Thanksgiving is a time for sharing: good food, family time, friendship and memories. But one thing you don't want to share, warns a food-safety expert in Penn State's College of Agricultural Sciences, is pathogenic bacteria.
"As you prepare your Thanksgiving dinner, it is important to remember some key food-safety rules when it comes to cooking and serving turkey," said Martin Bucknavage, extension food-safety specialist. "We don't want to spread pathogenic bacteria, such as Salmonella and Campylobacter."
He offers some advice to keep cooks, helpers and guests safe when preparing a turkey:
There is no need to wash the outside of your turkey. Proper cooking will take care of any pathogenic bacteria that may be present.
"The only thing you will achieve by washing the outside of the turkey is spreading bacteria in your kitchen. This can occur as the water splashes or drips across your kitchen counter, potentially carrying bacteria with it," Bucknavage said.
Clean as you go when handling raw turkey.
"As people move the raw turkey around in the kitchen, they treat it more like a football than a raw piece of meat, in that it touches a lot of surfaces including the hands," he said. "Because of this, there is the potential to get pathogenic bacteria on our hands, on the counter and on the cutting board. Therefore, clean these surfaces immediately after coming in contact with the raw bird."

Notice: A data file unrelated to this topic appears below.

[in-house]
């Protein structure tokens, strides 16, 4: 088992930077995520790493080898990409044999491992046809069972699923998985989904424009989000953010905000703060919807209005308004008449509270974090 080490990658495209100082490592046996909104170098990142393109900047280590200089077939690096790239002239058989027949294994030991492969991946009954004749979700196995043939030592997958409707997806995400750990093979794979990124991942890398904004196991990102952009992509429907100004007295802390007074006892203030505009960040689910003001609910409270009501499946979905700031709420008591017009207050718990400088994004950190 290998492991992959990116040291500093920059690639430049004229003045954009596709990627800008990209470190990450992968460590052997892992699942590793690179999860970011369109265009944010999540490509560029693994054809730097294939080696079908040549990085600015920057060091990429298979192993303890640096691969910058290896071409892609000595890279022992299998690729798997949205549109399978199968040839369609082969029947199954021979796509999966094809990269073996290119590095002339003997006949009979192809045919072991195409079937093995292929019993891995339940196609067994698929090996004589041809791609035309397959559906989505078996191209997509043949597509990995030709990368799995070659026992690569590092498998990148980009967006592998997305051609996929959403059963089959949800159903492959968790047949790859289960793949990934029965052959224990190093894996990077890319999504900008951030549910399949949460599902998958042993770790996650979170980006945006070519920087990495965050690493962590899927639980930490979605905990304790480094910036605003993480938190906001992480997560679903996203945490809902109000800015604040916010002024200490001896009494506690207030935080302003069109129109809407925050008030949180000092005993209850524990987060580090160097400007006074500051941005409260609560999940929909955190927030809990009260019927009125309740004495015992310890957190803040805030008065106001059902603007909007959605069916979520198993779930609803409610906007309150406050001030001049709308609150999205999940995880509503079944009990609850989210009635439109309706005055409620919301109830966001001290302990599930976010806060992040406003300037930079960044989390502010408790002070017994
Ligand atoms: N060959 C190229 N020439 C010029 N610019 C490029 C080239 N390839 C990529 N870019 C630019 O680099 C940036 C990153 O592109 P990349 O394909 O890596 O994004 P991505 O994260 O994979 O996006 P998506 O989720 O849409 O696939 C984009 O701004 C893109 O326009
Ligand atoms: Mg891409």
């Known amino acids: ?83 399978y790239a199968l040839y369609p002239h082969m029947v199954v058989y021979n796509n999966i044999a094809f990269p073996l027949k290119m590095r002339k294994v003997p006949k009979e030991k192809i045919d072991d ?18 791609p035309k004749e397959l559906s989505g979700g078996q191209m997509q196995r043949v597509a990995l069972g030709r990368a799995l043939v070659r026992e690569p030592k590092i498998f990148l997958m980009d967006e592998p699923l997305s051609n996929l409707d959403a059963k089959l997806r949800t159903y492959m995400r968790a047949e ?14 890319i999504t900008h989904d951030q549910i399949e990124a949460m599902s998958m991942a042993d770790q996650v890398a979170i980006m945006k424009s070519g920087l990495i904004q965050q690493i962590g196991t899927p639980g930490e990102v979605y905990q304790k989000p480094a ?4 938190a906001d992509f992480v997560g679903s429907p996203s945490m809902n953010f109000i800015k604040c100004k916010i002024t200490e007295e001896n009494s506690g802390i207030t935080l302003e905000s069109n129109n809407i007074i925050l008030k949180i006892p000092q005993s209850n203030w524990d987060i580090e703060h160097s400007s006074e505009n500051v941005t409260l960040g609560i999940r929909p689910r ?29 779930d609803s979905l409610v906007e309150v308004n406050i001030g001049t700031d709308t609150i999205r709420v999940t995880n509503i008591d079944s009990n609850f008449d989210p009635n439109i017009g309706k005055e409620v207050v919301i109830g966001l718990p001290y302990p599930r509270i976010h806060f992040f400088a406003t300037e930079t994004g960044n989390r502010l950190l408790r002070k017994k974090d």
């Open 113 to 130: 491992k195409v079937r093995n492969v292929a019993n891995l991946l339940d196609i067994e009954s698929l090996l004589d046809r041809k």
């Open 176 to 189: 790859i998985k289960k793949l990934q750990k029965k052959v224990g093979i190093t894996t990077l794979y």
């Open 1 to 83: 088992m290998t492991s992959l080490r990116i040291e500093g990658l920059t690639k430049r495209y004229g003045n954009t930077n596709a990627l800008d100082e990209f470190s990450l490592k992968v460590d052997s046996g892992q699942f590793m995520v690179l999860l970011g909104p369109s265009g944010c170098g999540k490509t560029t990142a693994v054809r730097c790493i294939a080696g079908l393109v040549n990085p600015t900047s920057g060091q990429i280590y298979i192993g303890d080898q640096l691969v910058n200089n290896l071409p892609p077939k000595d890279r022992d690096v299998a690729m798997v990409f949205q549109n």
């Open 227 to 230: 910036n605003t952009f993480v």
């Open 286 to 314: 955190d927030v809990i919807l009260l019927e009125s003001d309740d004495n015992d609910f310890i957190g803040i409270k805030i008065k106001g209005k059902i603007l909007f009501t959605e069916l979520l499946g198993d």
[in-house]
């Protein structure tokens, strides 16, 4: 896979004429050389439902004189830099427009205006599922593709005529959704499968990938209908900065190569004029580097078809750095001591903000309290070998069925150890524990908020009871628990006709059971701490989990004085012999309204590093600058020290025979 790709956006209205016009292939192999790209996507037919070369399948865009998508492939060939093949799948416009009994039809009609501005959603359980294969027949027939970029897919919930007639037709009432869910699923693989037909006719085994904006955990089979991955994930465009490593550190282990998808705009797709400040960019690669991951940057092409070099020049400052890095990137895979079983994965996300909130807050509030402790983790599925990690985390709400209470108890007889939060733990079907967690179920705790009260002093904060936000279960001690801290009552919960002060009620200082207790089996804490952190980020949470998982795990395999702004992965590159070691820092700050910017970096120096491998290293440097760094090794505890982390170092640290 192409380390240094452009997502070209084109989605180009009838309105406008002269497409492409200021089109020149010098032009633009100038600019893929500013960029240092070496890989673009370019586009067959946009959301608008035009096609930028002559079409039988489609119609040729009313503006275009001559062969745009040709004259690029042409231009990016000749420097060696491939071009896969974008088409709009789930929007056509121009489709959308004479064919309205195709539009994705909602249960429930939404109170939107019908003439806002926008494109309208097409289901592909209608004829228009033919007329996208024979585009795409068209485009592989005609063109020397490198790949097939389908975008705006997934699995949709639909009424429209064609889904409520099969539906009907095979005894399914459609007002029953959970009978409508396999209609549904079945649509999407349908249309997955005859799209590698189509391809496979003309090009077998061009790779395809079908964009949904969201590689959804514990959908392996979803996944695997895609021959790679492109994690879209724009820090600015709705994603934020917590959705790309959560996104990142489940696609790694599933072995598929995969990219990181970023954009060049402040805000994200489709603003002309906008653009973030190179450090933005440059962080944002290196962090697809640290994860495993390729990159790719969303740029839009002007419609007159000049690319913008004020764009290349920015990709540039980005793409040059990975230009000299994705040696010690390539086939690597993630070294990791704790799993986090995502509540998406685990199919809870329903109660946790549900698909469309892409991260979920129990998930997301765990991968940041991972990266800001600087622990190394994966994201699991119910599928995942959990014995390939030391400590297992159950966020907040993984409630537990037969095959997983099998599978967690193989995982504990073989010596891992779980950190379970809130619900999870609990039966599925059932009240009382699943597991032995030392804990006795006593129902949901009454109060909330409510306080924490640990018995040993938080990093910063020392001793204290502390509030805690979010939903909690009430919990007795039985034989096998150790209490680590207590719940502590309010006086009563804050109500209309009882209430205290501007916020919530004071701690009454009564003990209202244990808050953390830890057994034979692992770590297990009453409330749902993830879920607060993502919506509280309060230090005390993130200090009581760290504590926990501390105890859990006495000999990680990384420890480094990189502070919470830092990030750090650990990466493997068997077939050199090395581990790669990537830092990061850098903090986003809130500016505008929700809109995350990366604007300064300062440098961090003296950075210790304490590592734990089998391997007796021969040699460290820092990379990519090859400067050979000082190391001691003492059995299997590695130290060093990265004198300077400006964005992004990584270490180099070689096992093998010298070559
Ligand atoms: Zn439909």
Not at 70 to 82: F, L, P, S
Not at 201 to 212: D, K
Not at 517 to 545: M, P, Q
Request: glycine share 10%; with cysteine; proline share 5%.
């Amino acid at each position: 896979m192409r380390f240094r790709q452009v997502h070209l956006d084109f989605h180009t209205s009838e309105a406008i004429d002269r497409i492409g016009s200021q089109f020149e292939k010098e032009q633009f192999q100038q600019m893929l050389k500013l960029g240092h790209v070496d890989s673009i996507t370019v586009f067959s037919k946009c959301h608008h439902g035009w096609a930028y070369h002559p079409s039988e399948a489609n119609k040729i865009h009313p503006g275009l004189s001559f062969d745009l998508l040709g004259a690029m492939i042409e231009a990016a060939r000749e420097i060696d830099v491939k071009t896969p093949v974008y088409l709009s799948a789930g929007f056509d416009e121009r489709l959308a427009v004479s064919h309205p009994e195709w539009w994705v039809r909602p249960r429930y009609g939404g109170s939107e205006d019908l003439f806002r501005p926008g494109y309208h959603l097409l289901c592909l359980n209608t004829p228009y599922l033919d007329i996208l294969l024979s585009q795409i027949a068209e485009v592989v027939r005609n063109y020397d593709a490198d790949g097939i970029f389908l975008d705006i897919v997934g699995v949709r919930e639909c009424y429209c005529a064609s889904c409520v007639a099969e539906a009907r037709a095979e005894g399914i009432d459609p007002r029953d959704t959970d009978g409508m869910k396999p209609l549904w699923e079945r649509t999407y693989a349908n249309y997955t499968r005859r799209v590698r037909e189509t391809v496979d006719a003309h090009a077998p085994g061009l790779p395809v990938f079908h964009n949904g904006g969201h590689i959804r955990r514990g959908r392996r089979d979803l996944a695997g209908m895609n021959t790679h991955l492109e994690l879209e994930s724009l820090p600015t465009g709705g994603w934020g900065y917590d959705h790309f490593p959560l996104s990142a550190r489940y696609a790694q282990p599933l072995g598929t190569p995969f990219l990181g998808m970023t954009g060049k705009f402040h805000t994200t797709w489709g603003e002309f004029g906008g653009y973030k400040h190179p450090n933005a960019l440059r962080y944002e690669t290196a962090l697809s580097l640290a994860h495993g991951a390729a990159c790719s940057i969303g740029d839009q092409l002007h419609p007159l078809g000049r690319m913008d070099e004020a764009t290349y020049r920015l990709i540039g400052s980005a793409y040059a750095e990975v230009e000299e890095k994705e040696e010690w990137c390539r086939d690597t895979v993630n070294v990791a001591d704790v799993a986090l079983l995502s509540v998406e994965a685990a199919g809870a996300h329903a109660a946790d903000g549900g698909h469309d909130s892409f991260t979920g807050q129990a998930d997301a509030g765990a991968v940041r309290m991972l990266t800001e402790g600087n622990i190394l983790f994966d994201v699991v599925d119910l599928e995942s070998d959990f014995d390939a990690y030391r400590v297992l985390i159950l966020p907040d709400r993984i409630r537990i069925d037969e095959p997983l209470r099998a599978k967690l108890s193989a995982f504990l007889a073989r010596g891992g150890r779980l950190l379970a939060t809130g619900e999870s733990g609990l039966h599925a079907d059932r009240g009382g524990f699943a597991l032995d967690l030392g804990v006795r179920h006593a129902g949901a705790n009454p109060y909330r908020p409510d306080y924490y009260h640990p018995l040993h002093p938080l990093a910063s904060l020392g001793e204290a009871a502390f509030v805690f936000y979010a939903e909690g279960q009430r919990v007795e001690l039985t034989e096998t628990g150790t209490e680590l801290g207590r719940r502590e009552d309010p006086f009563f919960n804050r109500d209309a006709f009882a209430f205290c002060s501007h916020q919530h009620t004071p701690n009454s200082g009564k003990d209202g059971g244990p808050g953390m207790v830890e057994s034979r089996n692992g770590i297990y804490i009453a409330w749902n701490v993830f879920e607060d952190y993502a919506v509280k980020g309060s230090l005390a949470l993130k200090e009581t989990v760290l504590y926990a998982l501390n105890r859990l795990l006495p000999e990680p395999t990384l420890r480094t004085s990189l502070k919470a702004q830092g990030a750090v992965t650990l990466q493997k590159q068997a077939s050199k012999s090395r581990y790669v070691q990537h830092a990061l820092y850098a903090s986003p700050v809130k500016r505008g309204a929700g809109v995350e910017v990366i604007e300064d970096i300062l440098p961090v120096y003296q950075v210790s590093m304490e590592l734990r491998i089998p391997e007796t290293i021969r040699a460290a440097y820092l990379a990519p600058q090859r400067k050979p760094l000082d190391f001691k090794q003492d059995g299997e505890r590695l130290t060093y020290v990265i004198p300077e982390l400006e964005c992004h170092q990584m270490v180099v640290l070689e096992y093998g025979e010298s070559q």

Cook it to the right temperature. UDSA suggests that the bird gets to at least 165 F, (best if over 172 F for chewing). So Bucknavage recommends the use of a thermometer to monitor the temperature.
"Check the temperature of the bird in a number of spots, including the breast meat and the thickest part of the thigh," he said. "Allow time for further cooking if the temperature is not met."
Cook your stuffing separately. If you stuff the bird, the temperature of the stuffing must also get to 165 F.
"In order to get the stuffing to the right temperature, the bird will reach much higher temperatures, often over 185 F, making it very dry. Too often, people will stop cooking once the bird is at the right temperature, but unfortunately, they end up having undercooked stuffing," Bucknavage said.
"Because this stuffing was inside the raw bird, it absorbed turkey juice potentially carrying pathogenic bacteria such as Salmonella and Campylobacter. Undercooking the stuffing lets those bacteria survive. It is much better, and safer, to cook them separately. You will get the right temperature in the turkey without having to overcook it, and you'll get the right temperature in the stuffing."
If you want the look of a stuffed turkey on your table, stuff it before serving, after both have been properly cooked, he advised.
Handle leftovers immediately after dinner. Do not allow the turkey to sit on the table for hours after everyone is done eating.
"Bacteria such as Staphylococcus aureus can grow on meat items if left out for a long period of time," Bucknavage said. "To prevent that from occurring, it is important to handle leftovers right away. Cut up the turkey, put it in a container or sealable bag, and then refrigerate or freeze."
Provided by Pennsylvania State University